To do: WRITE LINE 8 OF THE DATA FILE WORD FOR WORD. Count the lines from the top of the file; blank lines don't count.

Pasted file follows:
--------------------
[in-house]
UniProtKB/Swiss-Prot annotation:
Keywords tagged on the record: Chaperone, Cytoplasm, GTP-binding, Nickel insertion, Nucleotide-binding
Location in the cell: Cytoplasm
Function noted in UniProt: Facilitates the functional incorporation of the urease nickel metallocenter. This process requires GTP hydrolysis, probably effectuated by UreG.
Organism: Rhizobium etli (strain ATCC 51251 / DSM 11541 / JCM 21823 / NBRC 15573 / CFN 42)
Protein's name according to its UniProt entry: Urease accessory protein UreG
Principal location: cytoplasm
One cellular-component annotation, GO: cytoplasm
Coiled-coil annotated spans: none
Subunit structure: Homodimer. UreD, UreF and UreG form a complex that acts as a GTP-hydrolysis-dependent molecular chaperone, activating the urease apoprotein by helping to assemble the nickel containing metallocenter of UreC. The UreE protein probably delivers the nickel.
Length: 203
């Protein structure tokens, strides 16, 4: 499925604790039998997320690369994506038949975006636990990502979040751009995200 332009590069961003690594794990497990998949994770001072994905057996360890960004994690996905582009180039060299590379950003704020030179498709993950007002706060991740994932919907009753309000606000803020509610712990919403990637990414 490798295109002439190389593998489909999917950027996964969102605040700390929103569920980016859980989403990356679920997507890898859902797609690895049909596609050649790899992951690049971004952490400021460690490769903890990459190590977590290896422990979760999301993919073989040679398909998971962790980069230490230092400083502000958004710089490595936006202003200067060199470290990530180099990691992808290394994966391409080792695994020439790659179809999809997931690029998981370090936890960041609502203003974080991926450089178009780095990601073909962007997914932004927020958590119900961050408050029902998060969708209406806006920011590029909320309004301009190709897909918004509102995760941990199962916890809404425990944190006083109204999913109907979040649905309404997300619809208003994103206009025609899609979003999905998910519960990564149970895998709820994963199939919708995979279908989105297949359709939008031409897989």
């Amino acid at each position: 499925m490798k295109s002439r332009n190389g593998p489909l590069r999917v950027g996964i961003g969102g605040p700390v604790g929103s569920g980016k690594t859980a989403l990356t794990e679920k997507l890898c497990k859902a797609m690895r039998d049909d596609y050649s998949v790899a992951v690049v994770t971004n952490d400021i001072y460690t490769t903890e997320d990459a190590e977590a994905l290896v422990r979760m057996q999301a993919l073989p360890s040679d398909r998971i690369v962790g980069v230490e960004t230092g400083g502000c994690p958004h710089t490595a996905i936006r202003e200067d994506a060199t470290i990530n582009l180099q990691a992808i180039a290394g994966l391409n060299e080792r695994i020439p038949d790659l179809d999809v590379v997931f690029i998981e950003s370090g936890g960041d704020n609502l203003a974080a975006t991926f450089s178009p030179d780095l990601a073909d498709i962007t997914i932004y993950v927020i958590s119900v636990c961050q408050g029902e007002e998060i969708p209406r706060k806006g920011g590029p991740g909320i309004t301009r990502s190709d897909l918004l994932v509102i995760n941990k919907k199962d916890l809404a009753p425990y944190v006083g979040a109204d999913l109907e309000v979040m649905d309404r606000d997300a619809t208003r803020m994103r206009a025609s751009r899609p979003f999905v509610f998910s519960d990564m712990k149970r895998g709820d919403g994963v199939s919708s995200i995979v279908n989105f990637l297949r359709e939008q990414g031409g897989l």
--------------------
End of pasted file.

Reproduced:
Principal location: cytoplasm